Future Display Technology: Progressive Digital

by Mike Shea on 22 April 2003

An article in Widescreen Review by professional video snob, Joe Kane, had me thinking. He has always been a proponent of progressive displays instead of interlaced ones, saying that 1080i displays are the pits.

"Progressive scan is another issue. I thought we had finally got rid of interlaced, with the interlaced to progressive converters, then along comes 1080i. It's a holdover from the analogue ways of doing things. Few people are willing to take the time to realize that true progressive is better."

He points out that computer monitors have had better displays than that for a long long time and he's right. My 21" Sony monitor can display a true 1920x1080 progressive picture with every pixel displayed. It has been two years since I unpacked it but it still is the best looking display I have ever seen.

The only problems with this display is the lack of HDTV Component, DTV Component, S-video, and composite video inputs and its sheer size and weight. The Sony SDM-V72 17" Widescreen LCD Monitor fixes that. It has a 1280 x 768 widescreen display capable of true 720p output and 1080i compatibility (downscaling I assume). It accepts just about every input except DVI-HDTV digital video input. The stats are nice. It weighs 13 pounds.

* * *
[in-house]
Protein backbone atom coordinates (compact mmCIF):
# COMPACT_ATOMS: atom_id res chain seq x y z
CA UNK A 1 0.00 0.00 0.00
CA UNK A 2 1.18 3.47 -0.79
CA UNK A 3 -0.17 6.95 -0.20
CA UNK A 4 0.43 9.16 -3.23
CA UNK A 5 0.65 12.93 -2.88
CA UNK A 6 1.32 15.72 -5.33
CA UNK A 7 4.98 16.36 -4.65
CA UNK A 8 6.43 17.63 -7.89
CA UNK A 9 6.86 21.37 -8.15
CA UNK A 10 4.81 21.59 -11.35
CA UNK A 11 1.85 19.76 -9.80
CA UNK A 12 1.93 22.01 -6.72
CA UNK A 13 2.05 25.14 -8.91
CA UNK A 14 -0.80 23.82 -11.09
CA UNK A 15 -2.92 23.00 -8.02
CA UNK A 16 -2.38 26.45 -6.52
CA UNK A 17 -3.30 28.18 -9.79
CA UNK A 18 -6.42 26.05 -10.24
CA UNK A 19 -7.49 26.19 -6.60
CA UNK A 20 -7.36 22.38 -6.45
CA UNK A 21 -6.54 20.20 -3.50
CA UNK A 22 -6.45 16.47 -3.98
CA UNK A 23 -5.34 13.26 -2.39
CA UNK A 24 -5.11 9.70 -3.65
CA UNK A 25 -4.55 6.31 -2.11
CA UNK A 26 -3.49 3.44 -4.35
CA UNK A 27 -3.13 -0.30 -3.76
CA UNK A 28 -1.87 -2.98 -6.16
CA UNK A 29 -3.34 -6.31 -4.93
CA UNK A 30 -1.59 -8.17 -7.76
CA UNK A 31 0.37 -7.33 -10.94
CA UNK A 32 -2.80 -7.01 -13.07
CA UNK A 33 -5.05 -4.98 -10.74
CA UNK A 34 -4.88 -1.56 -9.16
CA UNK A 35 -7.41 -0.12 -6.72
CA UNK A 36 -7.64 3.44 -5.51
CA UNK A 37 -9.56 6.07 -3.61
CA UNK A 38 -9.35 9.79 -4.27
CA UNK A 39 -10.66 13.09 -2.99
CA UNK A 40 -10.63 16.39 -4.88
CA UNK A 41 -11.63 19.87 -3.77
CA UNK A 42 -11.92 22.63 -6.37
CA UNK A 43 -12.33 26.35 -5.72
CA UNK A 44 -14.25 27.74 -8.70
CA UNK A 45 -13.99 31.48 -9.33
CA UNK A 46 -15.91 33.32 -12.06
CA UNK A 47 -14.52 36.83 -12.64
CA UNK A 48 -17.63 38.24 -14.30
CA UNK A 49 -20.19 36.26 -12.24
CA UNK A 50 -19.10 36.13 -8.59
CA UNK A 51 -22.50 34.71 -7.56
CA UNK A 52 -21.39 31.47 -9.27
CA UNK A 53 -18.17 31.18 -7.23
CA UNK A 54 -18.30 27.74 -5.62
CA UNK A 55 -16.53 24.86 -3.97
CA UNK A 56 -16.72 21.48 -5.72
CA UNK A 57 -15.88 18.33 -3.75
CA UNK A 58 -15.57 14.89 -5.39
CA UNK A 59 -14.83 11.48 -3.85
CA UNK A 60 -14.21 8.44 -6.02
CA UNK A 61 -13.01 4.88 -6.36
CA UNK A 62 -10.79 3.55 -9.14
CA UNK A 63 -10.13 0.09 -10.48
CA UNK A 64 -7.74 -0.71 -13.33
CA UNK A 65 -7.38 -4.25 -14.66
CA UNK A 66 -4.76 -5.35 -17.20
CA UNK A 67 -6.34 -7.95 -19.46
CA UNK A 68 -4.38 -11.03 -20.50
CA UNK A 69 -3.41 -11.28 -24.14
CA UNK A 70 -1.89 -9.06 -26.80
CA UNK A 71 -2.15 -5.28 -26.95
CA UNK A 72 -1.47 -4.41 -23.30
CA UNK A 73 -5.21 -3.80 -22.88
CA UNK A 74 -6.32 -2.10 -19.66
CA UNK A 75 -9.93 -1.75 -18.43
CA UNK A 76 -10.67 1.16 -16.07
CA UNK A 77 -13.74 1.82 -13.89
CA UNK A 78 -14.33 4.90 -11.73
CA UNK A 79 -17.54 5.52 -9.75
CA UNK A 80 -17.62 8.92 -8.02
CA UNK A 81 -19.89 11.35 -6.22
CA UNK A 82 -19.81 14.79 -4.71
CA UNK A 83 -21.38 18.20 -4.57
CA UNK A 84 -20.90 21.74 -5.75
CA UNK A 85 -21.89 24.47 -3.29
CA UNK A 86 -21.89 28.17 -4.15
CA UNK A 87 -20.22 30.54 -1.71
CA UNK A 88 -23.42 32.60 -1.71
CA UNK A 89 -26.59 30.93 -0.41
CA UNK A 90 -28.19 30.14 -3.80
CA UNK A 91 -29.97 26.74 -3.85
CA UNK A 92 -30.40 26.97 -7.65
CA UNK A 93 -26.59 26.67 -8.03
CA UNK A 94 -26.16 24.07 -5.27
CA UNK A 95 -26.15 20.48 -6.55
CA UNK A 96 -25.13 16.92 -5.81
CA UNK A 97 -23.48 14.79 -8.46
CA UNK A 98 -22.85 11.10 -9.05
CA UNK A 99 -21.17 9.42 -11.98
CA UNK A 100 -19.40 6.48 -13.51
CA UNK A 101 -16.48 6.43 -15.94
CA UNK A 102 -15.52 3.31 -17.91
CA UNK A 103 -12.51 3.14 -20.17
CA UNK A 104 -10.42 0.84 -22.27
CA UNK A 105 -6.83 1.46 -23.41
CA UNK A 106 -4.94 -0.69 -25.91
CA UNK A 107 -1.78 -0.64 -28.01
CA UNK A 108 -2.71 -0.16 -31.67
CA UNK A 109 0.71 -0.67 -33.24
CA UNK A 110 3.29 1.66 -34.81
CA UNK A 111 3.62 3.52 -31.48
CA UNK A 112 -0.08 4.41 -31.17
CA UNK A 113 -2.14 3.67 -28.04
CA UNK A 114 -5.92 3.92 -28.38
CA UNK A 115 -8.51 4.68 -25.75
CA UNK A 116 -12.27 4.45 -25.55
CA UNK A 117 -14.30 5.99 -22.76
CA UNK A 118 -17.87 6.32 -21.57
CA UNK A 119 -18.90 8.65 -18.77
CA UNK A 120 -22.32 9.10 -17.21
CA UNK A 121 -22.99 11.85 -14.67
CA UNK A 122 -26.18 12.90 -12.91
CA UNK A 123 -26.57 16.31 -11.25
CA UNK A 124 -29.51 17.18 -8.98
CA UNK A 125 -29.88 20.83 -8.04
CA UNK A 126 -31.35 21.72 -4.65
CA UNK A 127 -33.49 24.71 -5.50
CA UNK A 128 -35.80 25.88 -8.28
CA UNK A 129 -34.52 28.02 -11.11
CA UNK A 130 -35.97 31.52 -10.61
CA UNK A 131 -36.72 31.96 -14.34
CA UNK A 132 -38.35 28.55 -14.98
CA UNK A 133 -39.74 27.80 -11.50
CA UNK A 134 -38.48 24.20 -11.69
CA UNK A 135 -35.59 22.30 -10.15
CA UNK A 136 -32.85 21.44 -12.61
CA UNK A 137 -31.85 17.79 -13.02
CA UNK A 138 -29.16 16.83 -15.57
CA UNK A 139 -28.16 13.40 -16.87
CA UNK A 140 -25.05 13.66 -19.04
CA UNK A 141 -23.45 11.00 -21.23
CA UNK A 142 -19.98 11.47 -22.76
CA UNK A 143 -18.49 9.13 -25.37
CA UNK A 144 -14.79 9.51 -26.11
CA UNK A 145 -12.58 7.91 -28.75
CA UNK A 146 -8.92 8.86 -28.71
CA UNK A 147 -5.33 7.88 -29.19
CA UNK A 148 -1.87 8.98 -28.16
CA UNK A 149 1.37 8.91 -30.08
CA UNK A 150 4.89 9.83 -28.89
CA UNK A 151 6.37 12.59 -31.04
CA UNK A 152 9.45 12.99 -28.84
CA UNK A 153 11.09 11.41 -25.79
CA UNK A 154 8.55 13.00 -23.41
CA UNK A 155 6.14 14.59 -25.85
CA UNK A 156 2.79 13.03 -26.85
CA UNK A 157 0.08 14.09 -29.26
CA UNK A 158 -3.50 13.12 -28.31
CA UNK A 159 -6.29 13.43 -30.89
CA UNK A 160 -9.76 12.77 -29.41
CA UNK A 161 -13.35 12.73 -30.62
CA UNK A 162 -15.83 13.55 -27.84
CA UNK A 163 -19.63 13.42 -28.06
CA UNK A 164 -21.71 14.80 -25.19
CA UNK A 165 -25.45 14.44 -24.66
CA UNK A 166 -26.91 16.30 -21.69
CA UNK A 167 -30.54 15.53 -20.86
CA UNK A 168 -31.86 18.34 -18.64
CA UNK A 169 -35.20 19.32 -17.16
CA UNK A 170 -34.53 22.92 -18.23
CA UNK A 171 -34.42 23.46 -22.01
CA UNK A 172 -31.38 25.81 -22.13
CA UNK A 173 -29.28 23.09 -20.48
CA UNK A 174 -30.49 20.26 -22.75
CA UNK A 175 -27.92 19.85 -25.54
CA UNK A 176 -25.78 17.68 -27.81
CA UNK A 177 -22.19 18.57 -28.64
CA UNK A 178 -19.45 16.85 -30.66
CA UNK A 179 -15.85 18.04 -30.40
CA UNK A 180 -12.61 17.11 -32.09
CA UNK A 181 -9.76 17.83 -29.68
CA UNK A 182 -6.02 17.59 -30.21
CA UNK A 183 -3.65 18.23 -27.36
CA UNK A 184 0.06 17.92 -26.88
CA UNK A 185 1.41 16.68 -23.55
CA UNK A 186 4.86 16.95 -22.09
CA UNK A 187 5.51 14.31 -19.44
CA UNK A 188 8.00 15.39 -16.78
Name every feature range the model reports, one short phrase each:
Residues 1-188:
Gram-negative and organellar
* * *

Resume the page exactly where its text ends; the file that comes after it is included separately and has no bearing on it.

Digital displays are the future. Digital displays have no trouble with progressive signals. Progressive signals are easier to compress, look better, and easier to display with digital displays. While this Sony monitor is not a home theater substitute, it is an excellent desktop theater / multimedia monitor and in a couple of years, digital front projectors will have solved the black level problem, the fan problem, and the cost problem. By 2005 you will be able to get a high quality 100" HDTV widescreen digital display for about $3000. This will make home theater and home gaming a totally new experience.

If I can find a way to get rid of the three extra monitors I have now, I'd like to pick up one of these new widescreen displays for my multimedia monitor. This way I have a single desktop display for my Xbox, Playstation 2, Progressive DVD player, multimedia computer, and Tivo.

Mike's Ideal Desktop Display

1280 x 768 resolution

17" minimum size, 21" ideal

Under 20 lbs

DVI, VGA, HDTV Component, S-Video, and Composite Video inputs

Able to display perfect NTSC 6500k display specs

Under $800

Mike's Ideal Home Theater Display

1280 x 768 resolution

at least 110" max screen size

Under 20 lbs

DVI, VGA, HDTV Component, S-Video, and Composite Video inputs

Able to display perfect NTSC 6500k display specs

Silent Operation

3000 hour bulb life for $200

If the InFocus ScreenPlay 7200 was $3000 instead of $10,000 I think we'd be there. My timeline is pretty conservative it would seem.

Update! Instead of dropping $800 on a new monitor, I went a cheaper route and got the $200 Key Digital Systems KD-XB adapter to send progressive component signals to a vga output. Now I can pull my Hitachi monitor out of mothballs and use it instead of my crappy Samsung TV. I still need a way of sending composite signals to the monitor, though. Hopefully this is a tad cheaper. I am really looking forward to progressive gaming on a CRT.

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